This growth wasn’t entirely smooth according to Harold, but sticking to the original tenants is what guided them to create what is now one of the most revered events in the UK.
“Year one we lost a tiny bit of money. Year two we lost an absolutely staggering amount of money, but it was one of the shows I’m most proud of, that we’ve ever put on,” Harold says. “We came back for year three and we didn’t change anything. Even though we lost a lot of money in year two we knew [we were] on the right path, and it’s that sort of gut instinct as a promoter, that singularity of vision—we knew what we wanted to create. We knew the fans were buying into it because we were the same fans. We were creating a festival that we wanted to go to.”
A key reason why Harold and the rest of the team would want to go to Junction 2 is the programming, which Harold still oversees directly. That responsibility would also extend to musical entities hosting the stages. For the most recent edition of the event, celebrated London record store Phonica and Croatia’s Sonus Festival each hosted a stage.
The original philosophy behind the bookings for Junction 2 was simple, “music first,” which stems from the original tenants of the festival. For years this philosophy served them well, but following the Black Lives Matter movement, Harold and the team committed to make changes that would make their booking process more inclusive.
Beyond consciously including more female, BIPOC, and queer artists on the lineup for the upcoming addition (which they did an excellent job of doing), this inclusivity begins within the Junction 2 team.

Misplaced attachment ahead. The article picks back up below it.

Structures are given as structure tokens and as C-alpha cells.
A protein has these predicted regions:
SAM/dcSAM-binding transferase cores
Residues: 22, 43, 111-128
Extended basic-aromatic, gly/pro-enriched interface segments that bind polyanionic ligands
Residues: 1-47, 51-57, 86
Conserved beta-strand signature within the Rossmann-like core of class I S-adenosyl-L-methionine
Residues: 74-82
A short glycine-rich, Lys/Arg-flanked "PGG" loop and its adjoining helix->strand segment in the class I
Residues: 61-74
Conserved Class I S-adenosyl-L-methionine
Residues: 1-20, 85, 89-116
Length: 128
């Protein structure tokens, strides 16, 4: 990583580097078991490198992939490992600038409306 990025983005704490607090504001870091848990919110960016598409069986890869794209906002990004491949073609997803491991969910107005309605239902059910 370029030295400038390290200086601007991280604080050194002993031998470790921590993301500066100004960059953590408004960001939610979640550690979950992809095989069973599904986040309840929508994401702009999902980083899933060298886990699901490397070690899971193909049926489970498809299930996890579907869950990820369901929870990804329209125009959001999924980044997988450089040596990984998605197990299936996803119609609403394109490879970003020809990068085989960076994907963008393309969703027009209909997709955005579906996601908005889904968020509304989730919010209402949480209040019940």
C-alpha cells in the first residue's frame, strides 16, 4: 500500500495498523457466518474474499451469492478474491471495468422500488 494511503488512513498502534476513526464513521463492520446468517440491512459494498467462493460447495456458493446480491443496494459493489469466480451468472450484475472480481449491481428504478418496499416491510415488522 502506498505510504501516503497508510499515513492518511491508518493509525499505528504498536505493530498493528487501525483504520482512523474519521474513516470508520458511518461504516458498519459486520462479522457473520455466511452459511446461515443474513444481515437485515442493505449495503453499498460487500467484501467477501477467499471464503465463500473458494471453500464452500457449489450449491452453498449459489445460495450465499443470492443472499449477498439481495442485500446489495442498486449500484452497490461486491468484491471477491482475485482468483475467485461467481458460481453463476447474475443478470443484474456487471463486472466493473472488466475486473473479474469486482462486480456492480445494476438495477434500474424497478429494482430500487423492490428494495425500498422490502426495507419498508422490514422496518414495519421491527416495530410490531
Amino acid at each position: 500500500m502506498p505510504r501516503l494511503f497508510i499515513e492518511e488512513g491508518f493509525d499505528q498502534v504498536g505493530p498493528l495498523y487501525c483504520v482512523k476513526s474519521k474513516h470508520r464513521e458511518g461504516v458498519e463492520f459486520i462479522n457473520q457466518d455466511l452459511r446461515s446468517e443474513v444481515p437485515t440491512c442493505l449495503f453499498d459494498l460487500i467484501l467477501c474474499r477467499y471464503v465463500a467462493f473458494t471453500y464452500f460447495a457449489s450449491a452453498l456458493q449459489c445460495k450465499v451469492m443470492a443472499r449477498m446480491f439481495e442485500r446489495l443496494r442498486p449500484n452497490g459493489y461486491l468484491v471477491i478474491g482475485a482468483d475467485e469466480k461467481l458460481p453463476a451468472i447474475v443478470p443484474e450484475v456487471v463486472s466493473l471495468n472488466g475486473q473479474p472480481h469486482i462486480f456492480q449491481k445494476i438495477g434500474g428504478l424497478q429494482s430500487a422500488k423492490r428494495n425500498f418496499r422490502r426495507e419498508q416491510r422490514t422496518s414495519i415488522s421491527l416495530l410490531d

“We have a team of bookers who work with myself to do all the programming but then we also have monthly sessions with the whole team where we have open booking,” Harold says. “We sit down with the bookers leading the session with anyone who wants to join from the whole organization. Doesn’t matter whether you’re from the finance team or from the marketing team or the operations team. You’re welcome to come and sit down talk about what we’re booking, why we’re booking it, what music you’ve heard, who you like, who’s doing for you, who’s not, and we review that openly and transparently.”
Overall, as a tried and true raver, Harold understands that dance music was founded on inclusivity, and while there is still work to be done to make the scene truly inclusive for all walks of life, he takes the responsibility of booking a major festival seriously. He has the ability to influence that trajectory, and this sense of duty is shared by the entire team along with a true love for the dance floor.
“Ultimately, we’re all ravers. Even if we don’t spend as much time on the dancefloor as we probably once used to, that’s where we cut our teeth and that’s where our passion was,” Harold says. “I can say for certain that every event I’ve ever put on I’ve got on the dancefloor.”